Last week I was able to attend the highly insightful and inspiring TEDx Stellenbosch conference. The talks on the day where highly engaging and thought provoking. The general theme of the day was City Africa: building the continental African city. What was amazing about the day was how each speaker tackled the issue in various ways that where all worth listening too and highly informative.
There was such amazing content shared that I could go on for the whole day, I will attempt to provide some snapshots of the day. This whole topic on Cities did start to get us thinking, at OIL, about the role of cities from a marketing point of view. What is our view on cities as brands? How do cities define their identity? What makes a city?
We thought we could spend this month exploring this notion behind cities and what makes them what they are. At each point we will highlight varying aspects of city branding and marketing and sharing some insights from work we have done.
So stay tuned for more in the coming weeks…
But back to TEDx, seeing that there where so many talks and so many interesting insights, I shall attempt to list some of the talks and what the key thoughts where within them. Here goes …
Did you know that Ghana has the same internet speeds as the U.S. these where just some of the fascinating data insights shared with us by Ivan Colic, who has put together the Afrographique project. His aim with this is to tell a visually engaging story of the African continent. He had some great principles behind sharing data namely; be compelling, be convincing and the importance of the language of both the eye and mind in design
The symbiotic city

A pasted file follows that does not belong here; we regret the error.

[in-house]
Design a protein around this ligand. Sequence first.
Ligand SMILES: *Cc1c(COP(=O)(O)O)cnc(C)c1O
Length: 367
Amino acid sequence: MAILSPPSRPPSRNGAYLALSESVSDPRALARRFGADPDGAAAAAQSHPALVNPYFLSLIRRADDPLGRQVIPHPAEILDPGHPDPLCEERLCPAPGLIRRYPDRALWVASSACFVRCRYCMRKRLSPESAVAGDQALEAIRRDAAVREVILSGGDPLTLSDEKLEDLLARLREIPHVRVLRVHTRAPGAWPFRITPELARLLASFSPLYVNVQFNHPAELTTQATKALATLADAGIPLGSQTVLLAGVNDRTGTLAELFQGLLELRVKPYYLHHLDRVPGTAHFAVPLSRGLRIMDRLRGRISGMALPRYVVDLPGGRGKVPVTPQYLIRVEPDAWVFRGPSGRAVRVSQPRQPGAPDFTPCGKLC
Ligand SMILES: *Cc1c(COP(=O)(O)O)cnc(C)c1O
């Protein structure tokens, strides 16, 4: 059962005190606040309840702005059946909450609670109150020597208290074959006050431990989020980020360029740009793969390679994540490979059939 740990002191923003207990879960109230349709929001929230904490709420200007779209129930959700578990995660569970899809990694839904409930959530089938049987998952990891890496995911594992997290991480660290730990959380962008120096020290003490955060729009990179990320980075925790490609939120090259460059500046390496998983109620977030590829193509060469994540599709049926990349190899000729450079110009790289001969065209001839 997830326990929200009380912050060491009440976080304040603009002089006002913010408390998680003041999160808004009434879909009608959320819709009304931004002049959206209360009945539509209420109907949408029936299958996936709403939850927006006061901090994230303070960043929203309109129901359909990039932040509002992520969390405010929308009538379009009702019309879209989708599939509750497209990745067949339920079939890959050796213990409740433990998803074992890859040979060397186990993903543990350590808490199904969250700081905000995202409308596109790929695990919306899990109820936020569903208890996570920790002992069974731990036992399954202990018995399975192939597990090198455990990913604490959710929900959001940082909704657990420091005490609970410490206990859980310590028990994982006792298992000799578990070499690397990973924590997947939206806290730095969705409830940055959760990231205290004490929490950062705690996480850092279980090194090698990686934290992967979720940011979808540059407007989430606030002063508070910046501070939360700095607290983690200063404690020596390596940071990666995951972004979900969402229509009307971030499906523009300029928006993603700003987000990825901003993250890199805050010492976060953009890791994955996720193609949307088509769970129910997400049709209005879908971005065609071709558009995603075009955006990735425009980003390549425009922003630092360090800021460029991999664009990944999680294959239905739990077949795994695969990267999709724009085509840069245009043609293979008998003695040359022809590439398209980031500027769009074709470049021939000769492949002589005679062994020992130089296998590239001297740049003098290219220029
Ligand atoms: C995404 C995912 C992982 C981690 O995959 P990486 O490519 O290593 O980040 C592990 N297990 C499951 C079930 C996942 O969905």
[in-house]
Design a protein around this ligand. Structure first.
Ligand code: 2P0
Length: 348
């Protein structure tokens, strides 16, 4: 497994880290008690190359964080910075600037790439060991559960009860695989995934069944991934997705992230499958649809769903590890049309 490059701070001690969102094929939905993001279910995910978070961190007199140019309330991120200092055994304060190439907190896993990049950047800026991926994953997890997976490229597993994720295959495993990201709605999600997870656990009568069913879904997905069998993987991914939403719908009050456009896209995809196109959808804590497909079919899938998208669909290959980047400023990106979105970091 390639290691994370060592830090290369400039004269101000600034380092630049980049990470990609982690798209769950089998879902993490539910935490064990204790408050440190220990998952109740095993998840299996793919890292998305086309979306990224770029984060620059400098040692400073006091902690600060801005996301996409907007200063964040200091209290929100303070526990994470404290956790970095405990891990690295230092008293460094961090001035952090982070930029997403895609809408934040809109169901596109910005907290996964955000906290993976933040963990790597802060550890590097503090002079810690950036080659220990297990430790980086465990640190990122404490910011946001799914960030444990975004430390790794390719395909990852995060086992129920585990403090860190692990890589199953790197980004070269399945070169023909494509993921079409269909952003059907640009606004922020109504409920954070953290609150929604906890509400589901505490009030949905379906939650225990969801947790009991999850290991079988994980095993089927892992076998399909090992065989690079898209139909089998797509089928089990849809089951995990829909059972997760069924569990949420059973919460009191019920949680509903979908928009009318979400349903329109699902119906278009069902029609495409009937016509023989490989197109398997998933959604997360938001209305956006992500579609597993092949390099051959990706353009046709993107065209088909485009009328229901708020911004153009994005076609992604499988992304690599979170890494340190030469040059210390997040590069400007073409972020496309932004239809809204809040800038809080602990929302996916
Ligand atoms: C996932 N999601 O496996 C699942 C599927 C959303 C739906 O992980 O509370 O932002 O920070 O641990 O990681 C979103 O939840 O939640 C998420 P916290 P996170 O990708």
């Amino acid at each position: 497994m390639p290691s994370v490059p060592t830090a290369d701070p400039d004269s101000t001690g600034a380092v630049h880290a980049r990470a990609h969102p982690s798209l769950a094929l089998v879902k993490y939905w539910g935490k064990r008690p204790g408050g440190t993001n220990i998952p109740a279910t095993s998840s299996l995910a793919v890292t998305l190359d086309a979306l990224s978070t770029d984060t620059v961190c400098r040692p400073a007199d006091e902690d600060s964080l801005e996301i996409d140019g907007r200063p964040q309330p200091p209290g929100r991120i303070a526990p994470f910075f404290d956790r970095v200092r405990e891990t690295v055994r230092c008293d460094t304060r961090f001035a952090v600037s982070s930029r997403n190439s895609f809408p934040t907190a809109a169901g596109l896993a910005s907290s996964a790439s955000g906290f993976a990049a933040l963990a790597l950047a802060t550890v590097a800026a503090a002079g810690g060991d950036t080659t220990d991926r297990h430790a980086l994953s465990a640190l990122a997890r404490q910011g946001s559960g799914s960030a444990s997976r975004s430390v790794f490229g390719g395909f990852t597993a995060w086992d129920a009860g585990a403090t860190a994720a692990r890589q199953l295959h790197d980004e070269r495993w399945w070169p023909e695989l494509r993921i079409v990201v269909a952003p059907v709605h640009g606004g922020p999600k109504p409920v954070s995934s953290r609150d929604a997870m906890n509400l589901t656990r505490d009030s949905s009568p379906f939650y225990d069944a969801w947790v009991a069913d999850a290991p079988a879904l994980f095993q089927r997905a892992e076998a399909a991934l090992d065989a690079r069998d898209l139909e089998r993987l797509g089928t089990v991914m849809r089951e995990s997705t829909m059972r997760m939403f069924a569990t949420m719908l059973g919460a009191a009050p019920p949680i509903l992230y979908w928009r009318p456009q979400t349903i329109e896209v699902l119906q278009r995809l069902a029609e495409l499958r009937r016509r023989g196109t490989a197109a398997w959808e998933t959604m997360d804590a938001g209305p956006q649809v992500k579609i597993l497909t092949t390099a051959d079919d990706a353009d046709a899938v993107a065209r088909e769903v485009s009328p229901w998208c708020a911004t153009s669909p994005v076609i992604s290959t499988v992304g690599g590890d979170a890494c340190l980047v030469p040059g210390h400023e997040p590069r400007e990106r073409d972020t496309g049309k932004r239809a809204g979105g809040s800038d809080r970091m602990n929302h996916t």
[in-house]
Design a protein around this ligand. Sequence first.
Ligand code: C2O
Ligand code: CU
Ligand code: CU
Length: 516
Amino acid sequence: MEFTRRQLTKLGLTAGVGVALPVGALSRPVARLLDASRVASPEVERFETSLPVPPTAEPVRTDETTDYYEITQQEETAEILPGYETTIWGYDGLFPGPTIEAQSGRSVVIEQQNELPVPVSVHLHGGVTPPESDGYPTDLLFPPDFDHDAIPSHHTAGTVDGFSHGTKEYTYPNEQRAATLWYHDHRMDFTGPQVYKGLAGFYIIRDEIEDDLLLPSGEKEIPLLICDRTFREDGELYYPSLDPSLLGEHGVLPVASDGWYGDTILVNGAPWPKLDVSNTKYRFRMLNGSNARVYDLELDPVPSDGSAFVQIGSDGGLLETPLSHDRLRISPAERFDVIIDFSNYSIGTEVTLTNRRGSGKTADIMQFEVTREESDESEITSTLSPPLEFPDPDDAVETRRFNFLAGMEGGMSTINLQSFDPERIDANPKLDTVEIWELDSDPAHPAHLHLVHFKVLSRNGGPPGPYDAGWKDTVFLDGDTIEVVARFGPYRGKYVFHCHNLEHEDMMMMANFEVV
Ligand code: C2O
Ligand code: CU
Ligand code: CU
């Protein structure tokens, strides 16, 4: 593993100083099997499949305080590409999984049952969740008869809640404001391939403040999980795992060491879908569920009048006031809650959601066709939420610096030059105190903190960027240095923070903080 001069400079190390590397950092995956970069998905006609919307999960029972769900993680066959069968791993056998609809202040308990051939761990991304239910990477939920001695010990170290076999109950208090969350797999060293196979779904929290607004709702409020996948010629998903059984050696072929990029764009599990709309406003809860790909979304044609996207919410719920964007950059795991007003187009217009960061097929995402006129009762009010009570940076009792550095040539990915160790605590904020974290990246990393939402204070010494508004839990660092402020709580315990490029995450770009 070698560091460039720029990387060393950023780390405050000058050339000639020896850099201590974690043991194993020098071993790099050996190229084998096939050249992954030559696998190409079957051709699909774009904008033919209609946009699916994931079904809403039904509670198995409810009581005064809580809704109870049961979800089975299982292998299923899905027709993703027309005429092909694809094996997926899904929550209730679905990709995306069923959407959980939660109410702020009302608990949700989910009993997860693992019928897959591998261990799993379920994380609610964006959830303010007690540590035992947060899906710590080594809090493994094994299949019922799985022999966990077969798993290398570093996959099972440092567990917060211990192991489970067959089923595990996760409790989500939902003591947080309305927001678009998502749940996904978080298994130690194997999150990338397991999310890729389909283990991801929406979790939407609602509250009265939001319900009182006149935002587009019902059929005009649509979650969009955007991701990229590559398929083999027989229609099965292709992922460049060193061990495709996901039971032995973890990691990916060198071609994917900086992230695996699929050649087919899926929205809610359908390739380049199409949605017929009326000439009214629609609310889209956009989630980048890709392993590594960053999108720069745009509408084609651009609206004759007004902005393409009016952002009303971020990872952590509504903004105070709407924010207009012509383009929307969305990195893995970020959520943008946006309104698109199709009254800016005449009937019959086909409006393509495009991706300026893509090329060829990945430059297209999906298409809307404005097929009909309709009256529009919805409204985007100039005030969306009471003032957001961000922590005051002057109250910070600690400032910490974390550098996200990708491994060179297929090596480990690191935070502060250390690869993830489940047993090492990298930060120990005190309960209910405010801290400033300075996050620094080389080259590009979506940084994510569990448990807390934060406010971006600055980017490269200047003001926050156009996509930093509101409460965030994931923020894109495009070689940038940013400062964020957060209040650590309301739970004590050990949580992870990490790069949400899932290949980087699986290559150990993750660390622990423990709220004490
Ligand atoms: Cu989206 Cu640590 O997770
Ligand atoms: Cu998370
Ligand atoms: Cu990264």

An interesting perspective shared by Cormac Cullinan about mankind and our relationship with earth. It was interesting to learn that Mother Nature actually has a bill of rights. Yup! The universal declaration rights of mother Earth. The argument in building a symbiotic city is to refrain from our industrialized ideology in growth and development at the expense of the environmental space which we occupy. We need adopt thinking that takes the earth into consideration when doing city planning
Designing for a social revolution
Urbanist and Designer, Mokena Makeka, argued for the fundamental need for public spaces in cities. He put forward the thought that public spaces are crucial for the advancement of democracy.
One of my favourite thoughts from this talk was the notion of urban energy and its power in driving growth in cities.
Crowd sourcing the African city
A fascinating talk from Idea Bounty on the power of crowdsourcing in enhancing a city and what role the local community and residents can play in moving their cities forward. Consider Iceland which is now crowdsourcing its new constitution, or even our local nameyourhood campaign. There is great potential and power in getting the people involved in building a city.
Democracy in Egypt
Prominent activist and vlogger, Sarah Abdelrahman, shared her experiences from the recent Egyptian revolution. Her view on democracy and the city belonging to the people was amazing. Check out her video blog on youtube
These where just some of the great insights that came from the day, stay close to the TED website to find the full length talks in the coming weeks.
Next week we will talk about youth perceptions on cities based on recent work we conducted.
Don’t touch that dial.
Last Thursday, OIL JHB held our second Mystery Speaker event, where we were lucky enough to bag ourselves the talented and infamous now editor of True Love, Sbu Mpungose. This would be the second time that Sbu graciously offered her time and invaluable opinions to OIL, and believe you me, we recognize just how fortunate we are!
The aim of the session was really to learn just what it takes to be successful in today’s workplace, and what it takes for an individual to climb the ladder at all – let alone at the pace that Sbu did. By the age of 23, she found herself the head editor of a magazine, and just one year later she went on to win editor of the year. Fast forward a few years later and Sbu is still making waves in the industry.
So, what were some of our lessons learnt?
1) “You might just have to take that R8-9k to get your opportunity”: It is a hard pill to swallow, but to make it in the world sometimes you will need to sacrifice in-the short term to benefit in the long.